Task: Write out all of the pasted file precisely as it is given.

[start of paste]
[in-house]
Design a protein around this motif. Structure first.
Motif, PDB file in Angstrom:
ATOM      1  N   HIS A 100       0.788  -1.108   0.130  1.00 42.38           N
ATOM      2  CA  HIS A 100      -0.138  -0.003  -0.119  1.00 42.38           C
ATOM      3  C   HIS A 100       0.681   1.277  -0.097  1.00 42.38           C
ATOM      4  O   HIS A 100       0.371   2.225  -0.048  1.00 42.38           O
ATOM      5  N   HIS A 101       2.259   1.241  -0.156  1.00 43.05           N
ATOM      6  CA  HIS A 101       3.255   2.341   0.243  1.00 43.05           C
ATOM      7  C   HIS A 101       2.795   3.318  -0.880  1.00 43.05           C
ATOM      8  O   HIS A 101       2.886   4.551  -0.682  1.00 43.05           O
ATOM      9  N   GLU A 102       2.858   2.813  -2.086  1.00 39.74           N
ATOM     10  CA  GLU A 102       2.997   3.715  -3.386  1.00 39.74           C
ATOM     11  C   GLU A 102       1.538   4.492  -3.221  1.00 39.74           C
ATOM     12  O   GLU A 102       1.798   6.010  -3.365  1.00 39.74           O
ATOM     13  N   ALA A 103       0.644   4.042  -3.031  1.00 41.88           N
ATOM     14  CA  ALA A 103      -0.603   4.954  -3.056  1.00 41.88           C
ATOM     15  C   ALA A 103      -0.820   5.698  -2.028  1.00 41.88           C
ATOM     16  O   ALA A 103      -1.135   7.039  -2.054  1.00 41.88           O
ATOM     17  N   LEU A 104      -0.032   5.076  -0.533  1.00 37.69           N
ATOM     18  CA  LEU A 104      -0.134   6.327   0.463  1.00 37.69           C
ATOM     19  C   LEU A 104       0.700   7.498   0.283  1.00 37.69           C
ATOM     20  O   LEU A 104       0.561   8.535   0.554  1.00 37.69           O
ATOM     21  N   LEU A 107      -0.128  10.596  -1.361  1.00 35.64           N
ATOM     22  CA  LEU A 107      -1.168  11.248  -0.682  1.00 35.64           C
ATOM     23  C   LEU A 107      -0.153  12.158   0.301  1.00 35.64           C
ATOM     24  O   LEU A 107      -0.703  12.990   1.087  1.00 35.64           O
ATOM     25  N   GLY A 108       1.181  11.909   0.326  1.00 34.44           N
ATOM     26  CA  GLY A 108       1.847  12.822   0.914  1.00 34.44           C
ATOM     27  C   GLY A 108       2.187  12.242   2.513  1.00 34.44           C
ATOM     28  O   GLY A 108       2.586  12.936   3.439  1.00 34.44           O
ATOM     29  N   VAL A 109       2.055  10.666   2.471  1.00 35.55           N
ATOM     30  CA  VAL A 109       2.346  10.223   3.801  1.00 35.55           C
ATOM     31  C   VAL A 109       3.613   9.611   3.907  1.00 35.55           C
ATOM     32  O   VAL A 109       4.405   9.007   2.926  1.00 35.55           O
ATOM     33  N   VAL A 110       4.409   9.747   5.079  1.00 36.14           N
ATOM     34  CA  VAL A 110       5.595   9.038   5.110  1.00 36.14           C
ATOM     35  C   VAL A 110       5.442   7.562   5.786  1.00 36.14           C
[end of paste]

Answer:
[in-house]
Design a protein around this motif. Structure first.
Motif, PDB file in Angstrom:
ATOM      1  N   HIS A 100       0.788  -1.108   0.130  1.00 42.38           N
ATOM      2  CA  HIS A 100      -0.138  -0.003  -0.119  1.00 42.38           C
ATOM      3  C   HIS A 100       0.681   1.277  -0.097  1.00 42.38           C
ATOM      4  O   HIS A 100       0.371   2.225  -0.048  1.00 42.38           O
ATOM      5  N   HIS A 101       2.259   1.241  -0.156  1.00 43.05           N
ATOM      6  CA  HIS A 101       3.255   2.341   0.243  1.00 43.05           C
ATOM      7  C   HIS A 101       2.795   3.318  -0.880  1.00 43.05           C
ATOM      8  O   HIS A 101       2.886   4.551  -0.682  1.00 43.05           O
ATOM      9  N   GLU A 102       2.858   2.813  -2.086  1.00 39.74           N
ATOM     10  CA  GLU A 102       2.997   3.715  -3.386  1.00 39.74           C
ATOM     11  C   GLU A 102       1.538   4.492  -3.221  1.00 39.74           C
ATOM     12  O   GLU A 102       1.798   6.010  -3.365  1.00 39.74           O
ATOM     13  N   ALA A 103       0.644   4.042  -3.031  1.00 41.88           N
ATOM     14  CA  ALA A 103      -0.603   4.954  -3.056  1.00 41.88           C
ATOM     15  C   ALA A 103      -0.820   5.698  -2.028  1.00 41.88           C
ATOM     16  O   ALA A 103      -1.135   7.039  -2.054  1.00 41.88           O
ATOM     17  N   LEU A 104      -0.032   5.076  -0.533  1.00 37.69           N
ATOM     18  CA  LEU A 104      -0.134   6.327   0.463  1.00 37.69           C
ATOM     19  C   LEU A 104       0.700   7.498   0.283  1.00 37.69           C
ATOM     20  O   LEU A 104       0.561   8.535   0.554  1.00 37.69           O
ATOM     21  N   LEU A 107      -0.128  10.596  -1.361  1.00 35.64           N
ATOM     22  CA  LEU A 107      -1.168  11.248  -0.682  1.00 35.64           C
ATOM     23  C   LEU A 107      -0.153  12.158   0.301  1.00 35.64           C
ATOM     24  O   LEU A 107      -0.703  12.990   1.087  1.00 35.64           O
ATOM     25  N   GLY A 108       1.181  11.909   0.326  1.00 34.44           N
ATOM     26  CA  GLY A 108       1.847  12.822   0.914  1.00 34.44           C
ATOM     27  C   GLY A 108       2.187  12.242   2.513  1.00 34.44           C
ATOM     28  O   GLY A 108       2.586  12.936   3.439  1.00 34.44           O
ATOM     29  N   VAL A 109       2.055  10.666   2.471  1.00 35.55           N
ATOM     30  CA  VAL A 109       2.346  10.223   3.801  1.00 35.55           C
ATOM     31  C   VAL A 109       3.613   9.611   3.907  1.00 35.55           C
ATOM     32  O   VAL A 109       4.405   9.007   2.926  1.00 35.55           O
ATOM     33  N   VAL A 110       4.409   9.747   5.079  1.00 36.14           N
ATOM     34  CA  VAL A 110       5.595   9.038   5.110  1.00 36.14           C
ATOM     35  C   VAL A 110       5.442   7.562   5.786  1.00 36.14           C